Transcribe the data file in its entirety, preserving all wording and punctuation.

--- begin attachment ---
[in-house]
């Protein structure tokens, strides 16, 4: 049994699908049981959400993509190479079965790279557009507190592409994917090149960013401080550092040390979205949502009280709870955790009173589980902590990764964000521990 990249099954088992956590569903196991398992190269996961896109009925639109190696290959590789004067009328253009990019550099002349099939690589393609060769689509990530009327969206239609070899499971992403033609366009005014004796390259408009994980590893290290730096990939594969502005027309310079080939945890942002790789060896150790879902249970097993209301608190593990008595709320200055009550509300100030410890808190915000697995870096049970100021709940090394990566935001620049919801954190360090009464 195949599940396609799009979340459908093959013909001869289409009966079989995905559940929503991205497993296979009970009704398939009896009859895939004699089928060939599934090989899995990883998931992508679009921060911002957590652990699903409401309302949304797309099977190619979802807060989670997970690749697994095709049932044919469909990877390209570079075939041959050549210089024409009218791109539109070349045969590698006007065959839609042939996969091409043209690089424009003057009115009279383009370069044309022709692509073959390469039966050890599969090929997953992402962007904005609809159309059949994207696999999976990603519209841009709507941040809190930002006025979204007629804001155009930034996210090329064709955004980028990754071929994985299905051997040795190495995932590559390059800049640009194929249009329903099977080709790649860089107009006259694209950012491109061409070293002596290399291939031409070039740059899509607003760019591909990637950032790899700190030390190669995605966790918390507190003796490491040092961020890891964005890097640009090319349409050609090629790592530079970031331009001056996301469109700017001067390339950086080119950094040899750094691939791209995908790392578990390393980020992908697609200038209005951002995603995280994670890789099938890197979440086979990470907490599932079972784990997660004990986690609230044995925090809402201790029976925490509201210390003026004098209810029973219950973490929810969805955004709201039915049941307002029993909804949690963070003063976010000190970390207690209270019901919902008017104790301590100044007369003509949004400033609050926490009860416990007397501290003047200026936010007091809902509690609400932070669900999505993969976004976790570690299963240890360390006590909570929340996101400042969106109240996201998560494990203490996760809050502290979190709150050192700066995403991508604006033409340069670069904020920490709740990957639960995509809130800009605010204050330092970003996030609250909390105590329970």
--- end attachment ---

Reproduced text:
[in-house]
């Protein structure tokens, strides 16, 4: 049994699908049981959400993509190479079965790279557009507190592409994917090149960013401080550092040390979205949502009280709870955790009173589980902590990764964000521990 990249099954088992956590569903196991398992190269996961896109009925639109190696290959590789004067009328253009990019550099002349099939690589393609060769689509990530009327969206239609070899499971992403033609366009005014004796390259408009994980590893290290730096990939594969502005027309310079080939945890942002790789060896150790879902249970097993209301608190593990008595709320200055009550509300100030410890808190915000697995870096049970100021709940090394990566935001620049919801954190360090009464 195949599940396609799009979340459908093959013909001869289409009966079989995905559940929503991205497993296979009970009704398939009896009859895939004699089928060939599934090989899995990883998931992508679009921060911002957590652990699903409401309302949304797309099977190619979802807060989670997970690749697994095709049932044919469909990877390209570079075939041959050549210089024409009218791109539109070349045969590698006007065959839609042939996969091409043209690089424009003057009115009279383009370069044309022709692509073959390469039966050890599969090929997953992402962007904005609809159309059949994207696999999976990603519209841009709507941040809190930002006025979204007629804001155009930034996210090329064709955004980028990754071929994985299905051997040795190495995932590559390059800049640009194929249009329903099977080709790649860089107009006259694209950012491109061409070293002596290399291939031409070039740059899509607003760019591909990637950032790899700190030390190669995605966790918390507190003796490491040092961020890891964005890097640009090319349409050609090629790592530079970031331009001056996301469109700017001067390339950086080119950094040899750094691939791209995908790392578990390393980020992908697609200038209005951002995603995280994670890789099938890197979440086979990470907490599932079972784990997660004990986690609230044995925090809402201790029976925490509201210390003026004098209810029973219950973490929810969805955004709201039915049941307002029993909804949690963070003063976010000190970390207690209270019901919902008017104790301590100044007369003509949004400033609050926490009860416990007397501290003047200026936010007091809902509690609400932070669900999505993969976004976790570690299963240890360390006590909570929340996101400042969106109240996201998560494990203490996760809050502290979190709150050192700066995403991508604006033409340069670069904020920490709740990957639960995509809130800009605010204050330092970003996030609250909390105590329970």